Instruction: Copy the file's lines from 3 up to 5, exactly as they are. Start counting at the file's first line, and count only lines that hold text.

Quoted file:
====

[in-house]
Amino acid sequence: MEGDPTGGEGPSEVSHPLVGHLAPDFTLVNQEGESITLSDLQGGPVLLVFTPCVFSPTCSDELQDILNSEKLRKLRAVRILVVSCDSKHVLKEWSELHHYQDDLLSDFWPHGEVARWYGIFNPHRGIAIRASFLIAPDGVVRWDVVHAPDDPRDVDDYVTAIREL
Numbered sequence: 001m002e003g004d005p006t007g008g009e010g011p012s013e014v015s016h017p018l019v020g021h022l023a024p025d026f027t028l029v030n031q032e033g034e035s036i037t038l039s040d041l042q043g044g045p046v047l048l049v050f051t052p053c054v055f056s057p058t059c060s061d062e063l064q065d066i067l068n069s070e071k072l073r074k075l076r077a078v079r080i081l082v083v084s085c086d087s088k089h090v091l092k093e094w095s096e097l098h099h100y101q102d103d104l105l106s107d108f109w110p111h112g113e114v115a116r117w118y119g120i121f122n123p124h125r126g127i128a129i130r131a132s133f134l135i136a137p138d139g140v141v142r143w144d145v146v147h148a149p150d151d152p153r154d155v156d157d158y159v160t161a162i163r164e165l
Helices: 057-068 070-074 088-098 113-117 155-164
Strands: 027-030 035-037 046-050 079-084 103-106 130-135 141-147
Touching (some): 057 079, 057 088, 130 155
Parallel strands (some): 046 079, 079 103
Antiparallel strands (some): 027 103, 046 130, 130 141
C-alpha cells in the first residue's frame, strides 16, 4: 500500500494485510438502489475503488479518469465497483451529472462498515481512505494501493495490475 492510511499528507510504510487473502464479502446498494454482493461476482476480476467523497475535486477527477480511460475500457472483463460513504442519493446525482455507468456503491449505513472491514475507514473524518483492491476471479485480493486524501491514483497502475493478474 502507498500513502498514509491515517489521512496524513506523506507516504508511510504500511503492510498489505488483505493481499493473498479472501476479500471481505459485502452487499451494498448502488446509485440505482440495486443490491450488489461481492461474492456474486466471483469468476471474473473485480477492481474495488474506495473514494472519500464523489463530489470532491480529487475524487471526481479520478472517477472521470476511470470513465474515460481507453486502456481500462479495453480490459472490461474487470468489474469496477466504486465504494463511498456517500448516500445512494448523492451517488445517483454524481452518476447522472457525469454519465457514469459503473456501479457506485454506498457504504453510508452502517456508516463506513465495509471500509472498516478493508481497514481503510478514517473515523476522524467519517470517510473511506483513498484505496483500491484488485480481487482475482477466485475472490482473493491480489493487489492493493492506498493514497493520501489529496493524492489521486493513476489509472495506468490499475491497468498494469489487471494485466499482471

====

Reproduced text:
Numbered sequence: 001m002e003g004d005p006t007g008g009e010g011p012s013e014v015s016h017p018l019v020g021h022l023a024p025d026f027t028l029v030n031q032e033g034e035s036i037t038l039s040d041l042q043g044g045p046v047l048l049v050f051t052p053c054v055f056s057p058t059c060s061d062e063l064q065d066i067l068n069s070e071k072l073r074k075l076r077a078v079r080i081l082v083v084s085c086d087s088k089h090v091l092k093e094w095s096e097l098h099h100y101q102d103d104l105l106s107d108f109w110p111h112g113e114v115a116r117w118y119g120i121f122n123p124h125r126g127i128a129i130r131a132s133f134l135i136a137p138d139g140v141v142r143w144d145v146v147h148a149p150d151d152p153r154d155v156d157d158y159v160t161a162i163r164e165l
Helices: 057-068 070-074 088-098 113-117 155-164
Strands: 027-030 035-037 046-050 079-084 103-106 130-135 141-147